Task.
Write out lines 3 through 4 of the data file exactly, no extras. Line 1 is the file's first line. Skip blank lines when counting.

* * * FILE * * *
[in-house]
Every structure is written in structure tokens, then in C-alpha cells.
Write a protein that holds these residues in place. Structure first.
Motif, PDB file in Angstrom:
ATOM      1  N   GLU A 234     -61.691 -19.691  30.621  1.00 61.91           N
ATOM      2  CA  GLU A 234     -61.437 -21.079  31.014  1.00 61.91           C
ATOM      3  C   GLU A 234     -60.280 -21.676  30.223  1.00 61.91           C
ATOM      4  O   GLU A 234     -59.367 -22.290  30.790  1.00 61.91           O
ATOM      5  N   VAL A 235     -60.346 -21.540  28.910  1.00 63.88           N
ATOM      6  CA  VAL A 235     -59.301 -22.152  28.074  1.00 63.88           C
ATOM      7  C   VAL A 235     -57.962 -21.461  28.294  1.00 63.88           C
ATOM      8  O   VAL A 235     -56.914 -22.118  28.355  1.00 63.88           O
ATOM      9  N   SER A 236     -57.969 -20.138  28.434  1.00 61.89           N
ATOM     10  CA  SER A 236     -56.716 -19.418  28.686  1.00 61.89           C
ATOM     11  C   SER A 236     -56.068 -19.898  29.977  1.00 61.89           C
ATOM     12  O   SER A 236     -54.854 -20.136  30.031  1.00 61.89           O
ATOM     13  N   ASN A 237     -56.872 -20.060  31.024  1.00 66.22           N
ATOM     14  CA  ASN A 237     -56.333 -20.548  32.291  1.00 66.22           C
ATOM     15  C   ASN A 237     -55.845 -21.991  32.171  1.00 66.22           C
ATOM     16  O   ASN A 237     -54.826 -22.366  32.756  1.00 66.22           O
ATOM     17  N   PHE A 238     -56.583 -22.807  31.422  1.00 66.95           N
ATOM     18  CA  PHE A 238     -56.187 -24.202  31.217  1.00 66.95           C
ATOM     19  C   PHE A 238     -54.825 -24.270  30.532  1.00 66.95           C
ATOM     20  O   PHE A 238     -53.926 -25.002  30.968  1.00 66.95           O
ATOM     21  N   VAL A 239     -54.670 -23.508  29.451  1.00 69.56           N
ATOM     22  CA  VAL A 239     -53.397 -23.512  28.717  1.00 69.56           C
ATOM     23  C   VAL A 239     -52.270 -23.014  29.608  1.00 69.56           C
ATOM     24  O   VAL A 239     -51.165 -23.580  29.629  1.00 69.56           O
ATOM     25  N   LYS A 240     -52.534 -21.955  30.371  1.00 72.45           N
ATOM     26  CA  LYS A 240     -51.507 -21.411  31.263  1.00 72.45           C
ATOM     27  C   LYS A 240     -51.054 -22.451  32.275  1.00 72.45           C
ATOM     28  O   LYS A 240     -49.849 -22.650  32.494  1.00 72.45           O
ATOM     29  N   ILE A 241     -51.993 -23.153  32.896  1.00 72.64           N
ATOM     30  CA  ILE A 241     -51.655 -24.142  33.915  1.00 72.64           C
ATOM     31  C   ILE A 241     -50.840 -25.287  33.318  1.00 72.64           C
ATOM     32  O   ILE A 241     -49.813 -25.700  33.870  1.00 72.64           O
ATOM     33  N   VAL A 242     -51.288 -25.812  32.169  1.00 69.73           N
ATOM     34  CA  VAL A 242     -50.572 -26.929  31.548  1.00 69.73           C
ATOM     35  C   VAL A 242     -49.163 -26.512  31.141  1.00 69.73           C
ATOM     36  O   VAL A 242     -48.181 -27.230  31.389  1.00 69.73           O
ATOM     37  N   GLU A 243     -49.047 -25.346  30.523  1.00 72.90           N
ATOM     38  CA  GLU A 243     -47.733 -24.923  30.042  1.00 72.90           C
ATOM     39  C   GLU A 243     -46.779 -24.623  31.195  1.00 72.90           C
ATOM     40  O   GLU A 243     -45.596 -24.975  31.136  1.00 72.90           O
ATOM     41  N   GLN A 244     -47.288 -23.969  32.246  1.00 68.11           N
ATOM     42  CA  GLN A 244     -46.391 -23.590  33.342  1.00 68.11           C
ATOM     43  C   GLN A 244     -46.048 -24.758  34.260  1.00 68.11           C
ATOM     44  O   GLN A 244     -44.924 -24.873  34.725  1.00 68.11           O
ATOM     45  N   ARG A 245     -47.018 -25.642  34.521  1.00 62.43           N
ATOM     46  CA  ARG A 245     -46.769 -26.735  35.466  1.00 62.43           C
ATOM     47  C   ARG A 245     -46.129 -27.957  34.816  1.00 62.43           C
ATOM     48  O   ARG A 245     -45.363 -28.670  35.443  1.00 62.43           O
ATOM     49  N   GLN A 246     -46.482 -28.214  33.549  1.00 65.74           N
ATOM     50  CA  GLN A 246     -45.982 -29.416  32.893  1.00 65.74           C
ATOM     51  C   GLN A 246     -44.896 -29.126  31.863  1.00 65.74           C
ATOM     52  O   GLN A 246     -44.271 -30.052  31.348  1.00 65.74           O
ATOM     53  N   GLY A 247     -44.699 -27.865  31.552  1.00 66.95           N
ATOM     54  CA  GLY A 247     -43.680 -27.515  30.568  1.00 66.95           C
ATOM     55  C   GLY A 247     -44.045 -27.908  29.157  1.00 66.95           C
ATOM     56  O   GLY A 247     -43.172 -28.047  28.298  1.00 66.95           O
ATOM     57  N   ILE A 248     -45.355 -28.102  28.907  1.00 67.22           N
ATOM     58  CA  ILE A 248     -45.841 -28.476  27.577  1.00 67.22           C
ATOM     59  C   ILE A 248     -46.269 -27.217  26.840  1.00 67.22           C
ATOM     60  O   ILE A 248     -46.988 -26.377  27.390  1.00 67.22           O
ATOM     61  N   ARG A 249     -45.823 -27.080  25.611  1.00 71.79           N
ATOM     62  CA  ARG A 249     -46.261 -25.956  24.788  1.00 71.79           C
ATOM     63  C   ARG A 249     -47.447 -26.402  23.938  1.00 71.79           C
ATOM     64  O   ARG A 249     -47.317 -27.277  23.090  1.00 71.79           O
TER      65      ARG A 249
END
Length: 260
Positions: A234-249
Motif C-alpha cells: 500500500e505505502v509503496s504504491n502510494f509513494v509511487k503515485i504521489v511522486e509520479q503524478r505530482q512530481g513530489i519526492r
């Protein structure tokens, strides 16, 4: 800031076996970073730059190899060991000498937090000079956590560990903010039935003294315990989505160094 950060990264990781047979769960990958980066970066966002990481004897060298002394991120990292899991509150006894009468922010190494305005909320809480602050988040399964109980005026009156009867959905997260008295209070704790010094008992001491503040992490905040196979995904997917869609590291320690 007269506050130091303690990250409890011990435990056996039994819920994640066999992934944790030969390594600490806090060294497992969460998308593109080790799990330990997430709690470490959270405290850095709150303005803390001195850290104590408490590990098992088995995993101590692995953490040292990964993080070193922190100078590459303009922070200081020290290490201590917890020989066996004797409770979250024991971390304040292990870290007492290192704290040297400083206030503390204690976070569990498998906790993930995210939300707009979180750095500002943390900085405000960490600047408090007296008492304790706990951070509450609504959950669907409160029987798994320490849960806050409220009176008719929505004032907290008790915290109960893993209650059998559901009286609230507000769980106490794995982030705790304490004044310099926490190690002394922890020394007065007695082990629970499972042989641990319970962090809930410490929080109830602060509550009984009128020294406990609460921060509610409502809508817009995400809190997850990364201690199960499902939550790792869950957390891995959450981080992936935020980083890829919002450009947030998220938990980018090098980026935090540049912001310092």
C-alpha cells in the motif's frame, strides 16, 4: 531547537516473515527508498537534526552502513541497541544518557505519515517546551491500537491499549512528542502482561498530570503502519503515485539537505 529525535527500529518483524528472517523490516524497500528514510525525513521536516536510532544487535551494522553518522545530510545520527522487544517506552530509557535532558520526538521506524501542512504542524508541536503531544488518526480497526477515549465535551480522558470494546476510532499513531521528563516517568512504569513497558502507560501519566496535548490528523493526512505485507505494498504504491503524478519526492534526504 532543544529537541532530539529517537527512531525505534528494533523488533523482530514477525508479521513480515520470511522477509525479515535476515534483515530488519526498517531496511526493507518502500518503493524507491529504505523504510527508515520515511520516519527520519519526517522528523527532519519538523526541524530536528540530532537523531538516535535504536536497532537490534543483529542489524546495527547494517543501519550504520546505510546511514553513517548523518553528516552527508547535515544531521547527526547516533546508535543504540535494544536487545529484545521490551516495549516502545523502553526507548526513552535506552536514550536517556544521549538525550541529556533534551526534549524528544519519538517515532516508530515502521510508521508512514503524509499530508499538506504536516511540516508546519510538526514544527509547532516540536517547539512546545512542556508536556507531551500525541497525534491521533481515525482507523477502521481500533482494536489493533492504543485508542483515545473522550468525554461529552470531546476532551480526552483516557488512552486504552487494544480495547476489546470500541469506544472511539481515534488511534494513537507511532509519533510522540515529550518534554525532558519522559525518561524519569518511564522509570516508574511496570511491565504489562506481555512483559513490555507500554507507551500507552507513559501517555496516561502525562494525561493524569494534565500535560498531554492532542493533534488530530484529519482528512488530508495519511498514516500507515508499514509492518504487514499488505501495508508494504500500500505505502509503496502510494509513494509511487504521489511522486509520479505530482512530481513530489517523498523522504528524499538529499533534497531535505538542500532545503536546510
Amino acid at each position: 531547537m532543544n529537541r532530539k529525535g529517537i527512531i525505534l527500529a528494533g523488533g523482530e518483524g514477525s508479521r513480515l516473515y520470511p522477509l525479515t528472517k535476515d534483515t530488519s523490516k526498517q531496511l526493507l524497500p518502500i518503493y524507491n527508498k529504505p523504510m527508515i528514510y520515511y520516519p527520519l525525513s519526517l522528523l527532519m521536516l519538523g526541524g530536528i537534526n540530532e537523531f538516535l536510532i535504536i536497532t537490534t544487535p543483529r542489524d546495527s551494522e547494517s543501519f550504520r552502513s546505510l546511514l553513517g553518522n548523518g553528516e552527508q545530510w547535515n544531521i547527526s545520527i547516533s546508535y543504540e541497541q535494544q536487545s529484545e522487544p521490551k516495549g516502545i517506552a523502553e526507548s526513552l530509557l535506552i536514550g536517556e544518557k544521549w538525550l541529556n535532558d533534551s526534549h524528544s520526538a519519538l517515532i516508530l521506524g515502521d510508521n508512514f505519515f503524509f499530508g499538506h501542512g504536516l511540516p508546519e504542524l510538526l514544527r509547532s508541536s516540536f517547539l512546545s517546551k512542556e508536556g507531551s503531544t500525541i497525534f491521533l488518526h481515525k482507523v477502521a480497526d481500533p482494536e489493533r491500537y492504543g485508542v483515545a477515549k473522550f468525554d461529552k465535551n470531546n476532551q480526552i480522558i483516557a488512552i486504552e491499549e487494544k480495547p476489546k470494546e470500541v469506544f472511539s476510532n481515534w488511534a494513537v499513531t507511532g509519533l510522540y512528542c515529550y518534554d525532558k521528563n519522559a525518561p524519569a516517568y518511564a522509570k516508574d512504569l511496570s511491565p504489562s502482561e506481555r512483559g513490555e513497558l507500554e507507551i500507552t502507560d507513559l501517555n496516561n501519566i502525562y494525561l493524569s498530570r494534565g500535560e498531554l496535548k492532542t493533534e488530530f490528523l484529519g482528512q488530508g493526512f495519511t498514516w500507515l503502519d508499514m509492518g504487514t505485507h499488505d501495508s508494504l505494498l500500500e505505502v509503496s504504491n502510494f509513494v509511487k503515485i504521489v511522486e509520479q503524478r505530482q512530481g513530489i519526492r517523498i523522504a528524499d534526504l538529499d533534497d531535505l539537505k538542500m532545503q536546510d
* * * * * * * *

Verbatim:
Write a protein that holds these residues in place. Structure first.
Motif, PDB file in Angstrom: